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 Author: Tolaso J Kos [ Sun Dec 13, 2015 9:25 pm ] Post subject: Hermite - Hadamard's inequality Here is a classic inequality that is not that difficult to prove.Let $f:[a, b] \rightarrow \mathbb{R}$ be a continuous and convex function. Prove that:$$f\left ( \frac{a+b}{2} \right )\leq \frac{1}{b-a}\int_{a}^{b}f(x)\, {\rm d}x \leq \frac{f(a)+f(b)}{2}$$(Hermite - Hadamard's Inequality)Title corrected as informed that the name of the inequality was not quite correct.

 Author: Papapetros Vaggelis [ Sat Dec 26, 2015 12:26 pm ] Post subject: Re: Hermite - Hadamard's inequality If $$\displaystyle{x\in\left[a,b\right]}$$, then $$\displaystyle{a+b-x\in\left[a,b\right]}$$.Since the function $$\displaystyle{f}$$ is convex, we get :$$\displaystyle{f(x)+f(a+b-x)\geq 2\,f\,\left(\dfrac{x+a+b-x}{2}\right)=2\,f\,\left(\dfrac{a+b}{2}\right)\,,\forall\,x\in\left[a,b\right]}$$ .The function $$\displaystyle{f}$$ is continuous, so by integration we have that :$$\displaystyle{\int_{a}^{b}f(x)\,\mathrm{d}x+\int_{a}^{b}f(a+b-x)\,\mathrm{d}x\geq 2\,(b-a)\,f\,\left(\dfrac{a+b}{2}\right)}$$or :$$\displaystyle{\int_{a}^{b}f(x)\,\mathrm{d}x-\int_{b}^{a}f(a+b-x)\,\mathrm{d}(a+b-x)\geq 2\,(b-a)\,f\,\left(\dfrac{a+b}{2}\right)}$$or :$$\displaystyle{2\,\int_{a}^{b}f(x)\,\mathrm{d}x\geq 2\,(b-a)\,f\,\left(\dfrac{a+b}{2}\right)}$$which means that :$$\displaystyle{f\,\left(\dfrac{a+b}{2}\right)\leq \dfrac{1}{b-a}\,\int_{a}^{b}f(x)\,\mathrm{d}x}$$ .On the other hand, from the first mean value theorem, $$\displaystyle{\dfrac{1}{b-a}\,\int_{a}^{b}f(x)\,\mathrm{d}x=f(\xi)}$$ for some $$\displaystyle{\xi\in\left(a,b\right)}$$ .Please, give a hint for the right-hand inequality.Geometrical commentWe have that :$$\displaystyle{\int_{a}^{b}f\,\left(\dfrac{a+b}{2}\right)\,\mathrm{d}x\leq \int_{a}^{b}f(x)\,\mathrm{d}x\leq \int_{a}^{b}\dfrac{f(a)+f(b)}{2}\,\mathrm{d}x}$$which means that the area of the parallelogram defined by$$\displaystyle{A(a,0),B(b,0),C\left(a,f\left(\dfrac{a+b}{2}\right)\right),D\left(b,f\left(\dfrac{a+b}{2}\right)\right)}$$is less or equal to the area of the region defined by the graph of the function $$\displaystyle{f}$$ andthe lines $$\displaystyle{x=a\,,x=b}$$ and this area is less or equal to the area of the tabledefined by $$\displaystyle{E(a,0),F(a,f(a)),G(b,0),H(b,f(b))}$$ .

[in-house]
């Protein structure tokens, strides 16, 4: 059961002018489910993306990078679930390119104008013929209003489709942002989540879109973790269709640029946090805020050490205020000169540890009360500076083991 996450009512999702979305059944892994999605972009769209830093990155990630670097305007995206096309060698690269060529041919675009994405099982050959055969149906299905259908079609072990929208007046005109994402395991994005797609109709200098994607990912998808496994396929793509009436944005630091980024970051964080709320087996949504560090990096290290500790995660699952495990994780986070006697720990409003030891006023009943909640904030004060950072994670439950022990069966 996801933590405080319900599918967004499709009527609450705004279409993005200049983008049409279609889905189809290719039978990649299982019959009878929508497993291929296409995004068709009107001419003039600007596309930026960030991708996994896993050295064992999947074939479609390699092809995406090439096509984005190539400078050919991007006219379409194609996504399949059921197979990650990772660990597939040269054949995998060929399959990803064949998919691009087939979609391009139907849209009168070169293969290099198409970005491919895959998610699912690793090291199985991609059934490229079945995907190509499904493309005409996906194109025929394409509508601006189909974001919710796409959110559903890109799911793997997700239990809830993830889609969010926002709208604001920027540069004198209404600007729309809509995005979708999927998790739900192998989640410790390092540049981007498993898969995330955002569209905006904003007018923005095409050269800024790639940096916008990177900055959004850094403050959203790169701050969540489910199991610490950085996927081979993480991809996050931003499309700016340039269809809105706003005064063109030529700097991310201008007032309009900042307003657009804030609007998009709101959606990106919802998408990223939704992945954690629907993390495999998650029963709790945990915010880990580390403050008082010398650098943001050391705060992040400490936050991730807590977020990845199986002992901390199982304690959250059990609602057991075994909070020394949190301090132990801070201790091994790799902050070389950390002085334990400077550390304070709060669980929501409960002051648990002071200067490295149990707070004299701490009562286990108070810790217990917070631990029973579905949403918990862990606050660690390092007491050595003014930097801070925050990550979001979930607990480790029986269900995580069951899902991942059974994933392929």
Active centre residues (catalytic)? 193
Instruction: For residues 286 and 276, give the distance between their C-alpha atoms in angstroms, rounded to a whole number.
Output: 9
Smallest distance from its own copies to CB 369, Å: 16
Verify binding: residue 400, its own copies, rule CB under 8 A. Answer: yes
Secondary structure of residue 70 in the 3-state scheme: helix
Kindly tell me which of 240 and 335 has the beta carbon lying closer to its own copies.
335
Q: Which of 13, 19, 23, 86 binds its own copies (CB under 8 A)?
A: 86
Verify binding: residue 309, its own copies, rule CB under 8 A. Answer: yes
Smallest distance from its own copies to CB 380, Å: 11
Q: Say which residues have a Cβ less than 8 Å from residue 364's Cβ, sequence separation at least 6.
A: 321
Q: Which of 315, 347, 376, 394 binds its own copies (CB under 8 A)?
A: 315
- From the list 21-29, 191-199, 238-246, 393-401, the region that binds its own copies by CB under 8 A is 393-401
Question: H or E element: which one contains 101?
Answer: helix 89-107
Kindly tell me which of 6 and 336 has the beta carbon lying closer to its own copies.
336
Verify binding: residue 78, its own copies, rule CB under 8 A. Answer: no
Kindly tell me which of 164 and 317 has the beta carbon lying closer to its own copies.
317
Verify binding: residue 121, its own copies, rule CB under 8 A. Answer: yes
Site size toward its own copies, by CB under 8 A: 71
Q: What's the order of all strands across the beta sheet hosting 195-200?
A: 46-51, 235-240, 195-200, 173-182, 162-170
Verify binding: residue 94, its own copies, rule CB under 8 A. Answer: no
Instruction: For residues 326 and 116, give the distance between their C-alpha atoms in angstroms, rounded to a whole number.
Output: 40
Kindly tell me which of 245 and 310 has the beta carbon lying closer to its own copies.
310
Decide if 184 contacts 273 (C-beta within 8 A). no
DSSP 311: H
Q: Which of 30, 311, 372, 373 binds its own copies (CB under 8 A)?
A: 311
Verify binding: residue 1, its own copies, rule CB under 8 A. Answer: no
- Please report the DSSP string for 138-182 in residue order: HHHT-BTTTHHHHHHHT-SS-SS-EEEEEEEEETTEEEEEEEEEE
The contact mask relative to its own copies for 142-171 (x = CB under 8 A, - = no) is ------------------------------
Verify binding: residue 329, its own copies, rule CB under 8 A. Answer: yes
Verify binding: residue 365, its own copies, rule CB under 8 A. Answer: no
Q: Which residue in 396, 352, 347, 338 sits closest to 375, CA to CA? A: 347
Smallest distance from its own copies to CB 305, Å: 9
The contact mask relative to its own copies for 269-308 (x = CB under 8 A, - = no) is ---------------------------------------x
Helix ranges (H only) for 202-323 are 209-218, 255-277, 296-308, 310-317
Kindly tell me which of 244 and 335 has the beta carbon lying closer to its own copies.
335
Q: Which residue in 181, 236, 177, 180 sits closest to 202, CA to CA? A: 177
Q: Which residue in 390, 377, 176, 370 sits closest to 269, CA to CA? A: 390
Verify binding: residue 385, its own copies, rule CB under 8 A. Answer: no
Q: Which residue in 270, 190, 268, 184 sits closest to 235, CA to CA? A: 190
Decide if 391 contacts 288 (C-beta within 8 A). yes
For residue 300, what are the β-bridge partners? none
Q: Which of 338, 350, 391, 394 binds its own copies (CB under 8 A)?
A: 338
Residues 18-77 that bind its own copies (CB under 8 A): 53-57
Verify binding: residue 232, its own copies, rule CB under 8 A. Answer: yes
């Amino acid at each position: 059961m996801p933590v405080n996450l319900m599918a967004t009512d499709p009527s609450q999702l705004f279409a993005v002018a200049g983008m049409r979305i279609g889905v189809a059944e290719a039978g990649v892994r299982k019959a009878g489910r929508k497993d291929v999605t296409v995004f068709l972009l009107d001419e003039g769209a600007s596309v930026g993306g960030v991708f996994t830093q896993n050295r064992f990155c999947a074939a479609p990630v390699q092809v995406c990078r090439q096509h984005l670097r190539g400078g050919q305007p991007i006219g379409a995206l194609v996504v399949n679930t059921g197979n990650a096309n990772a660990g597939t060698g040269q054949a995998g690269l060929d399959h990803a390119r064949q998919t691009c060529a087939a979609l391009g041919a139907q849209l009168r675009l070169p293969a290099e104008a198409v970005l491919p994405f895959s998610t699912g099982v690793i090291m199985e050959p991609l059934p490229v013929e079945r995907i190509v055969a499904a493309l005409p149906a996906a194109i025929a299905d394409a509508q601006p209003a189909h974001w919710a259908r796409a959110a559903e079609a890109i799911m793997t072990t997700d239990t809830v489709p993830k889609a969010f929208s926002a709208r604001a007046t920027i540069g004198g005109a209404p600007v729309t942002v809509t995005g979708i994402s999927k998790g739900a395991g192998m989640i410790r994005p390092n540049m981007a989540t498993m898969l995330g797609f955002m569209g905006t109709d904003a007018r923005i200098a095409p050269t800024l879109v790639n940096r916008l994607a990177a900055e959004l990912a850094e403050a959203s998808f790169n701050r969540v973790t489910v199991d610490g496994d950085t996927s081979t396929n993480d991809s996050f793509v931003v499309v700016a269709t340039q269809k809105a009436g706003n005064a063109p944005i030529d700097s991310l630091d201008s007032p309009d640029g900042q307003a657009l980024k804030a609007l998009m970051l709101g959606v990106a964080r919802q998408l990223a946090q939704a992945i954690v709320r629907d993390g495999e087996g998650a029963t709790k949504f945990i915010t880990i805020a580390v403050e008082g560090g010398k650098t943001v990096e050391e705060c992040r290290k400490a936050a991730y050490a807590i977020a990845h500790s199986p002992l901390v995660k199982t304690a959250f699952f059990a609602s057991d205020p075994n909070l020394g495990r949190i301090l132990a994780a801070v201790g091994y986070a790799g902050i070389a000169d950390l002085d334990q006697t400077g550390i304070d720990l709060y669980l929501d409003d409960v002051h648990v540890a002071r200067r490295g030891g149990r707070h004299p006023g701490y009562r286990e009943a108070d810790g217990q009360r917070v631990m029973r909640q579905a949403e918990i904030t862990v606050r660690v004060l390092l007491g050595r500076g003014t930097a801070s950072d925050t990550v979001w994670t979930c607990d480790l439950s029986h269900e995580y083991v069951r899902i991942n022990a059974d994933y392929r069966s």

Author: Riemann [ Thu Apr 07, 2016 7:46 am ] Post subject: Re: Hermite - Hadamard's inequality To finish off the exercise it remains to prove the first inequality. Well,\begin{align*}\frac{1}{b-a} \int_{a}^{b}f(x)\,dx &=\frac{1}{b-a} \left [ \int_{a}^{(a+b)/2} f(x)\,dx + \int_{(a+b)/2}^{b} f(x)\,dx \right ] \\ &=\frac{1}{2}\int_{0}^{1}\left [ f\left ( \frac{a+b- t (b-a)}{2} \right ) + f\left ( \frac{a+b+t(b-a)}{2} \right ) \right ]\,dt \\ &> f \left ( \frac{a+b}{2} \right ) \end{align*}that is the LHS and the exercise is complete. Equality holds if and only if $f$ is affine.

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